I love great sports journalism, even though you can't tell by reading this column on a regular basis. I've been fortunate to cover, either on site or as an editor, virtually every sporting event imaginable. The Games began at 1 a.m. Thursday [Eastern time]. Those tasked with reporting from Sochi may be have to divert themselves from the loo and cover actual news and sporting events. Journalists should never be the story. When we commit occasional acts of journalism in this space, it is self-evident and done with minimal self-aggrandizement.
While the journo-kids in Sochi were posting photos of their hotel rooms and the offerings in the media mess hall, there was real news going thanks to a warning about a very real terror threat having to do with toothpaste bombs on airplanes. Mitt Romney, who salvaged and ran the 2002 Winter Olympics in Salt Lake City, spoke on CNN Wednesday about Sochi. He said he'd go to the Games if his schedule allowed it and said those within the Olympic "ring of steel" should feel safe. Outside the "ring of steel," not so much.
All the toilets worked back in Salt Lake from the first flush, toilet paper and all. It's amazing what a little capitalism can do. Romney once put his dog on the roof of his car as he drove his family on the highway. In Sochi, stray dogs apparently are being rounded up and disposed of on a mass scale.
Dogs of Sochi Nos 6 and 7 pic.twitter.com/AZkxhnk502— christie blatchford (@blatchkiki) February 5, 2014
Cats remain in abundance.
More stray cats at the MMC..sadly not the band pic.twitter.com/CYebb5pEcG— Dave Schwartz (@Dave_Schwartz) February 4, 2014
No word yet on stray people.
The Olympics were created as a way to put the real world on hold while nude athletes from the various Greek city-states competed without fear of things turning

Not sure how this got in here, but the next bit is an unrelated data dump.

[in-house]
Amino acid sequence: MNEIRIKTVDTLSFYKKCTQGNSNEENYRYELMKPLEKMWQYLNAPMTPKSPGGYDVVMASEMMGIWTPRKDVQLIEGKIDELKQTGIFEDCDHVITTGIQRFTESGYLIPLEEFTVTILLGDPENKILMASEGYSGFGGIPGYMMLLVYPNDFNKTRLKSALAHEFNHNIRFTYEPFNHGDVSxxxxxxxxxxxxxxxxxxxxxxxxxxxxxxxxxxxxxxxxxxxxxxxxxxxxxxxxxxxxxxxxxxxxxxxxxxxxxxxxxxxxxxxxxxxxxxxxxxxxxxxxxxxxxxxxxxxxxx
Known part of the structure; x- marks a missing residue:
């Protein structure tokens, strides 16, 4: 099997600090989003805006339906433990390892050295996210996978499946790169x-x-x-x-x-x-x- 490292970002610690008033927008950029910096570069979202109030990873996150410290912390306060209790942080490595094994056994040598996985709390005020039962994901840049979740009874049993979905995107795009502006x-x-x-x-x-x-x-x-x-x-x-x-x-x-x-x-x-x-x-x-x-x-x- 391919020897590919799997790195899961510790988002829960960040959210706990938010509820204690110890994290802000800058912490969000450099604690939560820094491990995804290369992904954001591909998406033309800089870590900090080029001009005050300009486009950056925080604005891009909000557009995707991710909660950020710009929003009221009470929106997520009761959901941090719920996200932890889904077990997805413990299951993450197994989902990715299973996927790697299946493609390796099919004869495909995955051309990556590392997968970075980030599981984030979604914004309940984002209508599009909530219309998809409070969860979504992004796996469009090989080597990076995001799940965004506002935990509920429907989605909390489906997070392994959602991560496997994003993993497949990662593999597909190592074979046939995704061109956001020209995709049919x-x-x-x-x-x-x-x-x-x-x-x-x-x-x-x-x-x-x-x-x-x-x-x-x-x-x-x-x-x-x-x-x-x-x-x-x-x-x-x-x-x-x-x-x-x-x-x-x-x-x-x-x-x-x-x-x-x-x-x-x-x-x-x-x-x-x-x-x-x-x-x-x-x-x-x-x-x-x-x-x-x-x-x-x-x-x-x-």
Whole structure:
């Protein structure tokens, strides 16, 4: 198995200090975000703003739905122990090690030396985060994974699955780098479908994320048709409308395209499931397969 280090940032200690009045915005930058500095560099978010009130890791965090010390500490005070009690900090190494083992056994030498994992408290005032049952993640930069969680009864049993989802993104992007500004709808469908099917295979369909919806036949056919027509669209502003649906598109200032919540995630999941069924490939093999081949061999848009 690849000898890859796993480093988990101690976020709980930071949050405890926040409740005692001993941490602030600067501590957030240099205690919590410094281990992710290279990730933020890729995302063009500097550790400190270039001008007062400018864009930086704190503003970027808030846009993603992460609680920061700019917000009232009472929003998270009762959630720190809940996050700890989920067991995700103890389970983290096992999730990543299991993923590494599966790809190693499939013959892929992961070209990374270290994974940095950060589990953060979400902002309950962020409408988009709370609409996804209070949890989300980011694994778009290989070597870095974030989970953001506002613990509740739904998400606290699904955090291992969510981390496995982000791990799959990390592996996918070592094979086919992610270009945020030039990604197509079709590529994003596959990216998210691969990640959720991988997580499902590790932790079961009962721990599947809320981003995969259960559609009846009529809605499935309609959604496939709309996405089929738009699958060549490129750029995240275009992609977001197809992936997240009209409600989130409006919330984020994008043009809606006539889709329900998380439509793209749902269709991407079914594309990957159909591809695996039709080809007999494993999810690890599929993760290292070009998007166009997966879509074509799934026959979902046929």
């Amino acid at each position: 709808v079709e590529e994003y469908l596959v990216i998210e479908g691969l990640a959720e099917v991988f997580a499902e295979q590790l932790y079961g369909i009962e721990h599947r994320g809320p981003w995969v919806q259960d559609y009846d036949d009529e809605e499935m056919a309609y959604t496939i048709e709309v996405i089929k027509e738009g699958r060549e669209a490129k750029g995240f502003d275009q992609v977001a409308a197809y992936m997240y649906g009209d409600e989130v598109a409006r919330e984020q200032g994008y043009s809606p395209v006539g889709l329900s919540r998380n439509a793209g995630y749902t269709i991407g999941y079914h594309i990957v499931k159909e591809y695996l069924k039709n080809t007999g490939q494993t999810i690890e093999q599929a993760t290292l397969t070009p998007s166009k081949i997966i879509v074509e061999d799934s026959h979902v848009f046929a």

ugly uglier. The Olympics were great fun during the Cold War. The U.S. hockey victory over the Soviet Union in 1980 was the sporting equivalent of winning World War III. Finland was a mere after thought.
But the Olympics and politics all too often mix. To wit, from the same New York Times piece in 1936:
Adolf Hitler was receiving the plaudits of a league far removed from politics, a league of peaceful sport to which he had become the proud host. There can be no doubt that he was proud at this moment of the climax of two years' patient preparation and endeavor. For once pride in an achievement showed in his bearing.
Well done, Adolf. Probably not the Times' finest hour.
These are the most expensive Olympics ever, costing $51 billion. For that much money, you would think the
drinking non-drinking water would not be quite so yellow. Every cell phone and computer that connects to the internet in Sochi is being hacked. What else would you expect from a nation whose current top exports are vodka, internet porn and ID theft? During these Olympics, everything that doesn't take place on the ice or snow is soaked in geo-politics, gross denials of basic human rights, Vladimir Putin's ego and Russia's place within the world.
On second thought, maybe toilet Tweets aren't so bad, after all.